Oaxaca de Juárez, or just Oaxaca, has been a tourist magnet for years and is now a hot spot for new expat arrivals in the country. World travelers flock to the city for its world-renowned food, colonial architecture and rich historical and cultural traditions. Anna Eva is no exception. She is the fashion model who found a new life in Oaxaca.
“I had never been to Oaxaca and everybody told me to go see it,” Eva told us. “So, I came here with my girls and I really loved it. I thought I would stay for three or four months, but my whole life changed during that time. Two years later, I’m still here.”
Eva is a true international expat. Born in Palo Alto, California, her parents moved to a small town in Austria near the border with Switzerland when she was just three. After high school, Eva moved back to the Bay Area to attend Foothill College, but dropped out after a few years to earn enough money to live in the famously-expensive Silicon Valley.
“I started working at Philips Lumileds in major account customer service for Germany, Switzerland and Austria in San Jose,” the thirty-three-year-old Eva said. “It paid well but it was a night shift job and I found myself just working and sleeping.”
At 21, she left Philips and opened an art gallery specializing in portrait art, creating some of the art herself, but also showcasing upcoming new artists from San Francisco.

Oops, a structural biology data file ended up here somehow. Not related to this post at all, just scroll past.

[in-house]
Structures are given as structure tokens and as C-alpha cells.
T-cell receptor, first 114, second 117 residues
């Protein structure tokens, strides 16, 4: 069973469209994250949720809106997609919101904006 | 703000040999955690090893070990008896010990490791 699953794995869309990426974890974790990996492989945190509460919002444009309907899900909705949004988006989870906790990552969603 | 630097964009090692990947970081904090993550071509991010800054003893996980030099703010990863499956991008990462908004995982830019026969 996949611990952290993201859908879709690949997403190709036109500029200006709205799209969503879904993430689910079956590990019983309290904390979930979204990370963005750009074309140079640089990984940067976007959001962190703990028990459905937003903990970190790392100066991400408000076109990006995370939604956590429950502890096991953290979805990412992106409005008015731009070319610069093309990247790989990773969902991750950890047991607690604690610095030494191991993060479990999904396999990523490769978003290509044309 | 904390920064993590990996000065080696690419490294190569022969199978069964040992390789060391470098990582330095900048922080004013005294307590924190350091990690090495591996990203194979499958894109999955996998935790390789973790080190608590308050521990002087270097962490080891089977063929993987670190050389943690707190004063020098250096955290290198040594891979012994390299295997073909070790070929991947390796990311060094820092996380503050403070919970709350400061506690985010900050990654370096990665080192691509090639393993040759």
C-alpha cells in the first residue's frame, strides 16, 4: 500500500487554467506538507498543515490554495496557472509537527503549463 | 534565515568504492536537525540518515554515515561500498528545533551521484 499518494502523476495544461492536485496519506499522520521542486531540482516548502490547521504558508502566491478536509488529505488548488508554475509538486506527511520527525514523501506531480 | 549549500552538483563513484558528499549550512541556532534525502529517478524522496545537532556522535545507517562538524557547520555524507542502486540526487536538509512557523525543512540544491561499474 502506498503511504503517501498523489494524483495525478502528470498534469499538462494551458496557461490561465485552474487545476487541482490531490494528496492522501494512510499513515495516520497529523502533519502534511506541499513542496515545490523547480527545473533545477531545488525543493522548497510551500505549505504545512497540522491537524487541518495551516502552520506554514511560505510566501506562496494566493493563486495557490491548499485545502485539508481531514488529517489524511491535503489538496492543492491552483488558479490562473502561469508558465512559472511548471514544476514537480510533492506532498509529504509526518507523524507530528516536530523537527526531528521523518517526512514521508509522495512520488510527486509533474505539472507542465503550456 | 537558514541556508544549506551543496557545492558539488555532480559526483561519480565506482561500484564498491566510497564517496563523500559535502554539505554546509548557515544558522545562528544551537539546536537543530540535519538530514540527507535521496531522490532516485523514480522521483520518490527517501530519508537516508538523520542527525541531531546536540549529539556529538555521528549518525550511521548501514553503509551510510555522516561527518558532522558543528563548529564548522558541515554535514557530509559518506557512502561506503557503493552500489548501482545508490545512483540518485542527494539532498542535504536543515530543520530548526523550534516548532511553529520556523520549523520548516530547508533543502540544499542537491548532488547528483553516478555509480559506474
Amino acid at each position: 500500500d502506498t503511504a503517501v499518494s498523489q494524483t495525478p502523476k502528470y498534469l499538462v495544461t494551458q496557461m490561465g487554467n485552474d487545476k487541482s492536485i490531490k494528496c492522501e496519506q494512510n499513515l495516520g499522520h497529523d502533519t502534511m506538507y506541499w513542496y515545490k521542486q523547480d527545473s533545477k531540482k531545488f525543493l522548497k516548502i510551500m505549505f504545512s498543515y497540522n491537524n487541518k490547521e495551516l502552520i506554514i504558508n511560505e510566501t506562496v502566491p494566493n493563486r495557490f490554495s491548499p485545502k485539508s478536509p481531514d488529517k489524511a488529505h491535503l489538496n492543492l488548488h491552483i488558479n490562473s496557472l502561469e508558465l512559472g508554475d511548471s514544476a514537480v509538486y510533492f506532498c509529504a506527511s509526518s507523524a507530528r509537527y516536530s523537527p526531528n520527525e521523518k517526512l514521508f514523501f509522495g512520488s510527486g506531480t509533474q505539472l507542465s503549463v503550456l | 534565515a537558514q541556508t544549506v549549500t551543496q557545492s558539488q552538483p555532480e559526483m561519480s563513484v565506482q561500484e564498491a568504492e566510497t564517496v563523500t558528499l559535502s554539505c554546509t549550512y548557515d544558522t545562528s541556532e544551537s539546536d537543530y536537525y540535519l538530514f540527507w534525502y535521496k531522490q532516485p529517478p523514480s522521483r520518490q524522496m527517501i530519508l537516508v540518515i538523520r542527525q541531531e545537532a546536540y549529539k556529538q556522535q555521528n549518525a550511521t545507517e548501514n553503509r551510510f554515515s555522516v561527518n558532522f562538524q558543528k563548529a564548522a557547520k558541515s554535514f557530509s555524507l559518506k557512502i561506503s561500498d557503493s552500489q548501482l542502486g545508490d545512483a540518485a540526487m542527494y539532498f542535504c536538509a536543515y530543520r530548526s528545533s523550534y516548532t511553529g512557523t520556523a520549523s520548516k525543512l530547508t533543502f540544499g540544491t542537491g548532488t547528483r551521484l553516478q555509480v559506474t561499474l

“Many of them were not well known then,” she said, “but over 10 years later, some of them have huge followings. I featured them when they were starving artists and now they’re pretty big names.”
A tall girl, Eva modeled during her teenage years in Austria, but had not considered modeling as a career until some of her art world friends suggested she try it.
“People asked me if I wanted to model their clothes and it turned out I had talent,” she said. “I got really lucky and ended up doing New York fashion week. I ended up just drifting away from the art gallery into modeling, including a three-month modeling assignment in Mexico City.”
Back in San Francisco, she fell in love with a Mexican man from Michoacán who became her partner and the father of her two girls, but the relationship did not last and Eva returned to live with her parents in Austria to get back on her feet. Her entrepreneurial instincts led her to open a yoga and organic kids clothing store while she was pregnant with her second child. It was a big success, but Eva had other plans.
“After a year, I just said winter was coming again and I really don’t like the cold weather. I’m going to start looking for a new place where I can raise the girls. So, I booked a flight first to Portugal and then visited Spain, Morocco, Cuba and finally back to Mexico.”
She decided to spend Christmas with the father of the girls in his hometown in Michoacán.
“We stayed for a month,” she said, “with the hope we might be able to work things out, but we were from two different cultures. I was a very independent woman from Europe and he was used to women in his culture doing things differently.”
She did not want to return to Europe and many of her friends had told her she had to see Oaxaca, so Eva decided to take the girls there for a few months to see if they liked it.